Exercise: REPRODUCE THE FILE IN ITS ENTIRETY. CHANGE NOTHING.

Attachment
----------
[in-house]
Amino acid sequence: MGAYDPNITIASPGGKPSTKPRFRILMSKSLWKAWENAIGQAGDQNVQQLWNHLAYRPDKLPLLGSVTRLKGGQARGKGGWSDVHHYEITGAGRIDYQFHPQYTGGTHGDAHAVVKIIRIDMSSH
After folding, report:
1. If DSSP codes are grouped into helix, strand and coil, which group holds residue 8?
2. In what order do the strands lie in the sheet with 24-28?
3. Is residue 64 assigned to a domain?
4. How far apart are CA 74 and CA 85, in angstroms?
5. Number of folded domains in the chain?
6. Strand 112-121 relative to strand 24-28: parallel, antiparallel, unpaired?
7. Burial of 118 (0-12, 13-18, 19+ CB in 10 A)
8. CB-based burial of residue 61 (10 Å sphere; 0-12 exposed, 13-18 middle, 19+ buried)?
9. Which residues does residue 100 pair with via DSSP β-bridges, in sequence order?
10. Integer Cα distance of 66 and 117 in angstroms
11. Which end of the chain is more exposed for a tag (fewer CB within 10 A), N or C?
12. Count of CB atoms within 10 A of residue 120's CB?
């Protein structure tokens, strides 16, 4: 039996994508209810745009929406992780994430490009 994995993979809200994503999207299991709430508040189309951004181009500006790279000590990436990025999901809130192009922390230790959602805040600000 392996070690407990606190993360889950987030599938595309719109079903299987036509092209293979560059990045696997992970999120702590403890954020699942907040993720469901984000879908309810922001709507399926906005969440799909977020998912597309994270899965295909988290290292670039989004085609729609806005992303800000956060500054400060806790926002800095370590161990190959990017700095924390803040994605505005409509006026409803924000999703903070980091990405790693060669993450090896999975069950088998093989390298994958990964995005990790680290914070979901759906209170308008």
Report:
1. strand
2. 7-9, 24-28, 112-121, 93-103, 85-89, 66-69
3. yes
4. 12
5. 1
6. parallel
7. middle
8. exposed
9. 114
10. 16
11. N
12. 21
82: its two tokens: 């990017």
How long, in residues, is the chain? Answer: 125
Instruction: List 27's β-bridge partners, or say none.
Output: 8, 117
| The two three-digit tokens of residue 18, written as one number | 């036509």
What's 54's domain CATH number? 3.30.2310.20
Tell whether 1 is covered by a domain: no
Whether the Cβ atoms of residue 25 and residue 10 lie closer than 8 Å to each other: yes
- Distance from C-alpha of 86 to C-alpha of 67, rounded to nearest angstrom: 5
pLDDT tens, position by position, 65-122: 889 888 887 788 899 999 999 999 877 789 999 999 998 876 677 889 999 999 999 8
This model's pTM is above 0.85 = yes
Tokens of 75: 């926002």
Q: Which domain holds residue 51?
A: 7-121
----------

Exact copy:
[in-house]
Amino acid sequence: MGAYDPNITIASPGGKPSTKPRFRILMSKSLWKAWENAIGQAGDQNVQQLWNHLAYRPDKLPLLGSVTRLKGGQARGKGGWSDVHHYEITGAGRIDYQFHPQYTGGTHGDAHAVVKIIRIDMSSH
After folding, report:
1. If DSSP codes are grouped into helix, strand and coil, which group holds residue 8?
2. In what order do the strands lie in the sheet with 24-28?
3. Is residue 64 assigned to a domain?
4. How far apart are CA 74 and CA 85, in angstroms?
5. Number of folded domains in the chain?
6. Strand 112-121 relative to strand 24-28: parallel, antiparallel, unpaired?
7. Burial of 118 (0-12, 13-18, 19+ CB in 10 A)
8. CB-based burial of residue 61 (10 Å sphere; 0-12 exposed, 13-18 middle, 19+ buried)?
9. Which residues does residue 100 pair with via DSSP β-bridges, in sequence order?
10. Integer Cα distance of 66 and 117 in angstroms
11. Which end of the chain is more exposed for a tag (fewer CB within 10 A), N or C?
12. Count of CB atoms within 10 A of residue 120's CB?
């Protein structure tokens, strides 16, 4: 039996994508209810745009929406992780994430490009 994995993979809200994503999207299991709430508040189309951004181009500006790279000590990436990025999901809130192009922390230790959602805040600000 392996070690407990606190993360889950987030599938595309719109079903299987036509092209293979560059990045696997992970999120702590403890954020699942907040993720469901984000879908309810922001709507399926906005969440799909977020998912597309994270899965295909988290290292670039989004085609729609806005992303800000956060500054400060806790926002800095370590161990190959990017700095924390803040994605505005409509006026409803924000999703903070980091990405790693060669993450090896999975069950088998093989390298994958990964995005990790680290914070979901759906209170308008």
Report:
1. strand
2. 7-9, 24-28, 112-121, 93-103, 85-89, 66-69
3. yes
4. 12
5. 1
6. parallel
7. middle
8. exposed
9. 114
10. 16
11. N
12. 21
82: its two tokens: 């990017």
How long, in residues, is the chain? Answer: 125
Instruction: List 27's β-bridge partners, or say none.
Output: 8, 117
| The two three-digit tokens of residue 18, written as one number | 């036509």
What's 54's domain CATH number? 3.30.2310.20
Tell whether 1 is covered by a domain: no
Whether the Cβ atoms of residue 25 and residue 10 lie closer than 8 Å to each other: yes
- Distance from C-alpha of 86 to C-alpha of 67, rounded to nearest angstrom: 5
pLDDT tens, position by position, 65-122: 889 888 887 788 899 999 999 999 877 789 999 999 998 876 677 889 999 999 999 8
This model's pTM is above 0.85 = yes
Tokens of 75: 């926002």
Q: Which domain holds residue 51?
A: 7-121